This article has been updated.
It isn’t just the steel guitar and twang that has been bled out of the sonic profile of the modern versions of today’s country music. It’s a host of legacies that have been left by the wayside like a trail of hastily-discarded clothing articles leading to country’s bedding down with pop in a passionate tryst. Gospel music once was a proud foundation of country. From the hymnals of churches to the field songs of former black slaves, the chanting, praise, and salvation of Gospel constituted one of the everlasting cornerstones of country.
So did the greatest singers of a generation, who would be sought after with zeal, and plucked out of the countryside to be set in front of microphones and shepherded to stardom—singers like Josh Turner, whose voice carries with it a signature tone that warms you like the hearth of your childhood home, and can deftly handle the most deep and difficult registers of the human voice, awakening spiritual salvation simply by its sound.
Also missing from much of today’s country music is a passion for the material being presented. Since songs are often written or co-written by others, orientated for radio, and presented in the fashion producers dictate as opposed to the artists themselves, the performers feel no real ownership in the sentiments, or how they’re being conveyed. They’re simply vessels. Josh Turner didn’t write many of the songs that appear on I Serve a Savior, but that’s not the point of this album. It’s to capture Josh Turner’s passion for praise music that he’s illustrated throughout his career, and to this end, it is a success.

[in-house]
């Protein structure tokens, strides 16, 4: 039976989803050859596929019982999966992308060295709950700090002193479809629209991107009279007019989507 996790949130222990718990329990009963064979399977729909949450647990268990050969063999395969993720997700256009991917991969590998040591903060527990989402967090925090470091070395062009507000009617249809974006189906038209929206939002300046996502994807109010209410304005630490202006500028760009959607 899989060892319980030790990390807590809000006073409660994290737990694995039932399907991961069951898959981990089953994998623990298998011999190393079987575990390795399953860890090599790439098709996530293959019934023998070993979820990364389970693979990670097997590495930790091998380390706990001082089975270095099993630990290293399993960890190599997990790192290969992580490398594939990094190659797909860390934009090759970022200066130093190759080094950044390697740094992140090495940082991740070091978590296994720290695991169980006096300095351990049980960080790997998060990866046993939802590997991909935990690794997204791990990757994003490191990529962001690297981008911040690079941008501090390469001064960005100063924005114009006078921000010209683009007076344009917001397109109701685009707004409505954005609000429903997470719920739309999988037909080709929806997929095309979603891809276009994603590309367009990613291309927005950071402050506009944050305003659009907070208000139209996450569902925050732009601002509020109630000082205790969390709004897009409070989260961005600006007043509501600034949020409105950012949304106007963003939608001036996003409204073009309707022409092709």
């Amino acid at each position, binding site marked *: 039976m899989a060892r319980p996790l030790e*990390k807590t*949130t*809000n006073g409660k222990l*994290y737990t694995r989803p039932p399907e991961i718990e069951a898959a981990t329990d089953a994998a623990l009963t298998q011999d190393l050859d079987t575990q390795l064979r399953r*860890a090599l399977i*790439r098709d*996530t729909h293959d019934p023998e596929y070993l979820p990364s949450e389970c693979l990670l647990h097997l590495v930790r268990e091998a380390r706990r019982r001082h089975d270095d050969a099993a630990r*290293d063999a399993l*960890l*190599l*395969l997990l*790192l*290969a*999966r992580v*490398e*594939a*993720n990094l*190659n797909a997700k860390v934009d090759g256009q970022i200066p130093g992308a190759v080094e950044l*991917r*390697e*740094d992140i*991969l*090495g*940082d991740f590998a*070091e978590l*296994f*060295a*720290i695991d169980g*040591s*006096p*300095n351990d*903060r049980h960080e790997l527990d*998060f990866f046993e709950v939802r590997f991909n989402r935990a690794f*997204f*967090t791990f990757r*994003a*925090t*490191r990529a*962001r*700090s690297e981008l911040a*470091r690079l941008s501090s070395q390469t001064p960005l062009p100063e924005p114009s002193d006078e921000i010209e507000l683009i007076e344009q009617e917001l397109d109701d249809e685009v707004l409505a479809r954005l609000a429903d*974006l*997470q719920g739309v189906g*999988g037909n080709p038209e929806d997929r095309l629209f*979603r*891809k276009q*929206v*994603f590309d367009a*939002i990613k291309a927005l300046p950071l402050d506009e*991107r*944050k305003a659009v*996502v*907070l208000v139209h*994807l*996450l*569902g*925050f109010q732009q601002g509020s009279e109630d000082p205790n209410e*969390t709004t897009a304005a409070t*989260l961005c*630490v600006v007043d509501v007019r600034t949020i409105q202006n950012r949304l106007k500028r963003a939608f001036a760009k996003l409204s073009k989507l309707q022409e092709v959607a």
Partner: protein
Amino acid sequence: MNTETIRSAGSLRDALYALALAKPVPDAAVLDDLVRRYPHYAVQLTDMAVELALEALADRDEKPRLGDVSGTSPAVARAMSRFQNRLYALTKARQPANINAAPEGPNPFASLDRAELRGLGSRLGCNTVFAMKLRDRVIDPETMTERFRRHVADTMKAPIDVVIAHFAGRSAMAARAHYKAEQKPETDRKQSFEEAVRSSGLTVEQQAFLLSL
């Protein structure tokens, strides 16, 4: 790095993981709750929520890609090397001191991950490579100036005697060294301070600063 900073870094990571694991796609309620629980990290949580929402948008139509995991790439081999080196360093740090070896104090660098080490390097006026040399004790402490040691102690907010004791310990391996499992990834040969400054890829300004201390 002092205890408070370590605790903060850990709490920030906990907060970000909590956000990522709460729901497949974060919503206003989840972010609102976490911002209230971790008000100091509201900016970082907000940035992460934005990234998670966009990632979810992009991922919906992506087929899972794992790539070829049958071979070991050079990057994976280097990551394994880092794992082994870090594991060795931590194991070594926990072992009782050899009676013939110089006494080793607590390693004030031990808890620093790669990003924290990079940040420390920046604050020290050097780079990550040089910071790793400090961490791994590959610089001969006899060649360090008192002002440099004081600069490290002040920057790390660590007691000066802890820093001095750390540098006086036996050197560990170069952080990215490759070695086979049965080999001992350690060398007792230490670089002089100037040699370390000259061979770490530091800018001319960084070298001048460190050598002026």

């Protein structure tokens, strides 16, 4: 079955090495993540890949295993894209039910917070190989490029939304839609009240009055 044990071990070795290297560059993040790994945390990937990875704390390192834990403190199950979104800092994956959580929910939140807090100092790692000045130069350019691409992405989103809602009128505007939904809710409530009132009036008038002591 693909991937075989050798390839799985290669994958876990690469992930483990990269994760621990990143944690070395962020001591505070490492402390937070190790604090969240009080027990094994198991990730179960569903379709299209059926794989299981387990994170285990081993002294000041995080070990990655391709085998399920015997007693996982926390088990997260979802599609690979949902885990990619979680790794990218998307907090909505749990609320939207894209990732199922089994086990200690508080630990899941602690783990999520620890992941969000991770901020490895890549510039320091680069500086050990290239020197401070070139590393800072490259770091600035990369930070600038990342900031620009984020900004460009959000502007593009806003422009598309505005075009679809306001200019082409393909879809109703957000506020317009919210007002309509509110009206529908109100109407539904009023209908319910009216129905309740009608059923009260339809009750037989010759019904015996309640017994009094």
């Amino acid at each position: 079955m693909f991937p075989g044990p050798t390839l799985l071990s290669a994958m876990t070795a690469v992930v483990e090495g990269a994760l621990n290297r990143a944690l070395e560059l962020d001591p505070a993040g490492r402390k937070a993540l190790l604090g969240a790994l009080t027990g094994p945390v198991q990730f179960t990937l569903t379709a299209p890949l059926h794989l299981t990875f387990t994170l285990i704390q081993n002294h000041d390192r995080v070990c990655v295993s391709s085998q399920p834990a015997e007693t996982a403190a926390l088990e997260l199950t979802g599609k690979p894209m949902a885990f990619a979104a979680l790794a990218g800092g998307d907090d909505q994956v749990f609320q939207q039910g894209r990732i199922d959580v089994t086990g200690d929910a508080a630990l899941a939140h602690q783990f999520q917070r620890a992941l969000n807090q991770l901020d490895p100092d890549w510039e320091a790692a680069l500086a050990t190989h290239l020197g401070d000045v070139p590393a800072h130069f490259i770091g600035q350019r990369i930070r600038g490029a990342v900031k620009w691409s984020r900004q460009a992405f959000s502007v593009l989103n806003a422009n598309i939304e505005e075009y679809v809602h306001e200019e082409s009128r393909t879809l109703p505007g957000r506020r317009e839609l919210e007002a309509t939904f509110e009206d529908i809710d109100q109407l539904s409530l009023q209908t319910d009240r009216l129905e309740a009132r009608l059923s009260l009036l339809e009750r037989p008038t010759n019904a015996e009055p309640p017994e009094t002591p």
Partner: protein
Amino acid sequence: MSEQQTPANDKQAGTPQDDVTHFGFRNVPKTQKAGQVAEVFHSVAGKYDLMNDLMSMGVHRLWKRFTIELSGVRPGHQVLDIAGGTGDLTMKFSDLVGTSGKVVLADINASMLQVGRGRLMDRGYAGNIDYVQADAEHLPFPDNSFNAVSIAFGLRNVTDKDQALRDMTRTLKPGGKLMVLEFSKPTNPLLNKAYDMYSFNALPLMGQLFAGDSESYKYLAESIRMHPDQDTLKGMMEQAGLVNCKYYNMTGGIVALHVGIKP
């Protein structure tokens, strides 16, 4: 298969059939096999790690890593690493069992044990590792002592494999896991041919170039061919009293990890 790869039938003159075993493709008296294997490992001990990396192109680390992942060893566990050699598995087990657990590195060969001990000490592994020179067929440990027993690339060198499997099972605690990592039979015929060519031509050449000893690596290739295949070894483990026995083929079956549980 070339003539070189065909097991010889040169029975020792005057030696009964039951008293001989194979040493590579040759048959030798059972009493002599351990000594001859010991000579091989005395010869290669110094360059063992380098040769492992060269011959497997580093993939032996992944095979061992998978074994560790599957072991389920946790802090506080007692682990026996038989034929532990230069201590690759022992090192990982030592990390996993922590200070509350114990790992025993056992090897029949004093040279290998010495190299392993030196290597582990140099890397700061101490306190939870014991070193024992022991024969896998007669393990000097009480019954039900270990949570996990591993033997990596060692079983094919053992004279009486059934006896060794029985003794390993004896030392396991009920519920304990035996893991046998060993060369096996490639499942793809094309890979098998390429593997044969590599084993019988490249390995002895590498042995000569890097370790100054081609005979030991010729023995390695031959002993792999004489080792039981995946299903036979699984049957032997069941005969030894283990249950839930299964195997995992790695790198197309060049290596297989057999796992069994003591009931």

Don’t exclusively think of I Serve a Savior, or really any Gospel album simply as a religious exercise. Don’t overly secularize it either. But understand listening to someone singing passionately about their faith is not proselytizing, it’s an expression of personal belief and heritage, often with themes that can touch anyone, including non-believers, or those of other denominations.
Josh Turner does a great job on I Serve a Savior to make Gospel music that is accessible, not just from the passion that you can feel coming through his performances, or his voice that puts signature touches on old standards such as “I Saw The Light,” and the super low tones he perfects on “Swing Low, Sweet Chariot.” But the twangy, almost Outlaw arrangement of “Amazing Grace” makes for not just another version of a song performed scores of times, it’s Josh Turners version.
This album also has some sleepy and unremarkable moments that you will might pass over unless you’re a dedicated Gospel music fan. A song like “Great Is Your Faithfulness” is a little too straightforward to allow them to rise above other versions of this song. When making a record of Gospel standards, perhaps you don’t want to get too crazy on each track, and turn away the primary constituency.
Josh Turner’s future in country music is just about as unsure as Gospel’s. His version of country, like so many of country’s traditions, has been lost in the shuffle. He’s had to compromise at times to keep his career on a major label going. But on I Serve A Savior there is no compromise. He gets a moment to do something he’s been waiting almost 20 years to do, which is to combine his faith with his gift for music, and his passion and sincerity shows through in the results.
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